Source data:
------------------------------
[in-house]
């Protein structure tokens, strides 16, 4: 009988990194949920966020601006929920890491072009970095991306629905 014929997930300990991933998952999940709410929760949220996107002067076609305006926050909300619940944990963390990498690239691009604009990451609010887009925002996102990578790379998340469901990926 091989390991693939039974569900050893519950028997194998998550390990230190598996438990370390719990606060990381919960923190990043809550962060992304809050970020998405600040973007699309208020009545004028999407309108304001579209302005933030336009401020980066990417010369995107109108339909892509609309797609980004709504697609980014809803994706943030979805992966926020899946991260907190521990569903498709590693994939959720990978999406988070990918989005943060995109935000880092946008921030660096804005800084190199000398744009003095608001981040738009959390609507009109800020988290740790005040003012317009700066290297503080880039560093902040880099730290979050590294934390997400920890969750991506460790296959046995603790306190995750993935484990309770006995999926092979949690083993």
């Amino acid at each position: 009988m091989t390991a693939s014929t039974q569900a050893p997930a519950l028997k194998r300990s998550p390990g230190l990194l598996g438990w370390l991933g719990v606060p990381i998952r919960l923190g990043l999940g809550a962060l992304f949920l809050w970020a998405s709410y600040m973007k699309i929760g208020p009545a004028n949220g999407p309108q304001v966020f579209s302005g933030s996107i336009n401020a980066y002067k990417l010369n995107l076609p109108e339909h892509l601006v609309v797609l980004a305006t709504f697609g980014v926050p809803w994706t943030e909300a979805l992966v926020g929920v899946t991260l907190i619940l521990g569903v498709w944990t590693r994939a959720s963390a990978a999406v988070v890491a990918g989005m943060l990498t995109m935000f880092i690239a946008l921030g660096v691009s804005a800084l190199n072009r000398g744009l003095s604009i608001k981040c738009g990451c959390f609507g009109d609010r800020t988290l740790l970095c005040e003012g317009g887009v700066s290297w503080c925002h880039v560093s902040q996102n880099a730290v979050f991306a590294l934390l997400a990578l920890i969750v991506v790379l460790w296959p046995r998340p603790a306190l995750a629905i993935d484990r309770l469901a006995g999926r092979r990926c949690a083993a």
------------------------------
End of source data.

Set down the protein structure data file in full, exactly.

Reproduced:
[in-house]
């Protein structure tokens, strides 16, 4: 009988990194949920966020601006929920890491072009970095991306629905 014929997930300990991933998952999940709410929760949220996107002067076609305006926050909300619940944990963390990498690239691009604009990451609010887009925002996102990578790379998340469901990926 091989390991693939039974569900050893519950028997194998998550390990230190598996438990370390719990606060990381919960923190990043809550962060992304809050970020998405600040973007699309208020009545004028999407309108304001579209302005933030336009401020980066990417010369995107109108339909892509609309797609980004709504697609980014809803994706943030979805992966926020899946991260907190521990569903498709590693994939959720990978999406988070990918989005943060995109935000880092946008921030660096804005800084190199000398744009003095608001981040738009959390609507009109800020988290740790005040003012317009700066290297503080880039560093902040880099730290979050590294934390997400920890969750991506460790296959046995603790306190995750993935484990309770006995999926092979949690083993």
């Amino acid at each position: 009988m091989t390991a693939s014929t039974q569900a050893p997930a519950l028997k194998r300990s998550p390990g230190l990194l598996g438990w370390l991933g719990v606060p990381i998952r919960l923190g990043l999940g809550a962060l992304f949920l809050w970020a998405s709410y600040m973007k699309i929760g208020p009545a004028n949220g999407p309108q304001v966020f579209s302005g933030s996107i336009n401020a980066y002067k990417l010369n995107l076609p109108e339909h892509l601006v609309v797609l980004a305006t709504f697609g980014v926050p809803w994706t943030e909300a979805l992966v926020g929920v899946t991260l907190i619940l521990g569903v498709w944990t590693r994939a959720s963390a990978a999406v988070v890491a990918g989005m943060l990498t995109m935000f880092i690239a946008l921030g660096v691009s804005a800084l190199n072009r000398g744009l003095s604009i608001k981040c738009g990451c959390f609507g009109d609010r800020t988290l740790l970095c005040e003012g317009g887009v700066s290297w503080c925002h880039v560093s902040q996102n880099a730290v979050f991306a590294l934390l997400a990578l920890i969750v991506v790379l460790w296959p046995r998340p603790a306190l995750a629905i993935d484990r309770l469901a006995g999926r092979r990926c949690a083993a």